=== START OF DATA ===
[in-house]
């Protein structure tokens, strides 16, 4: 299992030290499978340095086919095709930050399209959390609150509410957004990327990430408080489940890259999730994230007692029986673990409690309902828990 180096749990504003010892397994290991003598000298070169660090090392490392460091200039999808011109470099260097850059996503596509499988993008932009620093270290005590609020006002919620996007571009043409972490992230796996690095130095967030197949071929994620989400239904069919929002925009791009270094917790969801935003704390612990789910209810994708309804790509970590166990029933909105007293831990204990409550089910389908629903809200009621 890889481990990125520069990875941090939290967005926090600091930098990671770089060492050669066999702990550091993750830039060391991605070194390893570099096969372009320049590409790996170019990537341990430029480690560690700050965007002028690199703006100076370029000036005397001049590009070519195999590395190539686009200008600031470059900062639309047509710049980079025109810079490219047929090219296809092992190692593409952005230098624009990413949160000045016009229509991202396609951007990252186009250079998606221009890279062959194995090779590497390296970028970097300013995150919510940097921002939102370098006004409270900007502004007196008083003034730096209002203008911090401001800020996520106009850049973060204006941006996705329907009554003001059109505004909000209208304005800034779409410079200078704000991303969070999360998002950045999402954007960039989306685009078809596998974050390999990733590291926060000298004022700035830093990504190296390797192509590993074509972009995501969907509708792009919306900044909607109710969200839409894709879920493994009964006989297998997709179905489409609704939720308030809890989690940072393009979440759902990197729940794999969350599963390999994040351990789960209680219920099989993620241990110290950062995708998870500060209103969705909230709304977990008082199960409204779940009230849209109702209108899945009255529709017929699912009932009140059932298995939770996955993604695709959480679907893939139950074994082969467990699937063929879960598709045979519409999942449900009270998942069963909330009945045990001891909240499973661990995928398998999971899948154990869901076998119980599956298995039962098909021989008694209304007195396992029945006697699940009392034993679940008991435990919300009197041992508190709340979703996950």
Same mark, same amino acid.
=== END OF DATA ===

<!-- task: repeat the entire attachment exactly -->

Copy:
[in-house]
């Protein structure tokens, strides 16, 4: 299992030290499978340095086919095709930050399209959390609150509410957004990327990430408080489940890259999730994230007692029986673990409690309902828990 180096749990504003010892397994290991003598000298070169660090090392490392460091200039999808011109470099260097850059996503596509499988993008932009620093270290005590609020006002919620996007571009043409972490992230796996690095130095967030197949071929994620989400239904069919929002925009791009270094917790969801935003704390612990789910209810994708309804790509970590166990029933909105007293831990204990409550089910389908629903809200009621 890889481990990125520069990875941090939290967005926090600091930098990671770089060492050669066999702990550091993750830039060391991605070194390893570099096969372009320049590409790996170019990537341990430029480690560690700050965007002028690199703006100076370029000036005397001049590009070519195999590395190539686009200008600031470059900062639309047509710049980079025109810079490219047929090219296809092992190692593409952005230098624009990413949160000045016009229509991202396609951007990252186009250079998606221009890279062959194995090779590497390296970028970097300013995150919510940097921002939102370098006004409270900007502004007196008083003034730096209002203008911090401001800020996520106009850049973060204006941006996705329907009554003001059109505004909000209208304005800034779409410079200078704000991303969070999360998002950045999402954007960039989306685009078809596998974050390999990733590291926060000298004022700035830093990504190296390797192509590993074509972009995501969907509708792009919306900044909607109710969200839409894709879920493994009964006989297998997709179905489409609704939720308030809890989690940072393009979440759902990197729940794999969350599963390999994040351990789960209680219920099989993620241990110290950062995708998870500060209103969705909230709304977990008082199960409204779940009230849209109702209108899945009255529709017929699912009932009140059932298995939770996955993604695709959480679907893939139950074994082969467990699937063929879960598709045979519409999942449900009270998942069963909330009945045990001891909240499973661990995928398998999971899948154990869901076998119980599956298995039962098909021989008694209304007195396992029945006697699940009392034993679940008991435990919300009197041992508190709340979703996950």
Same mark, same amino acid.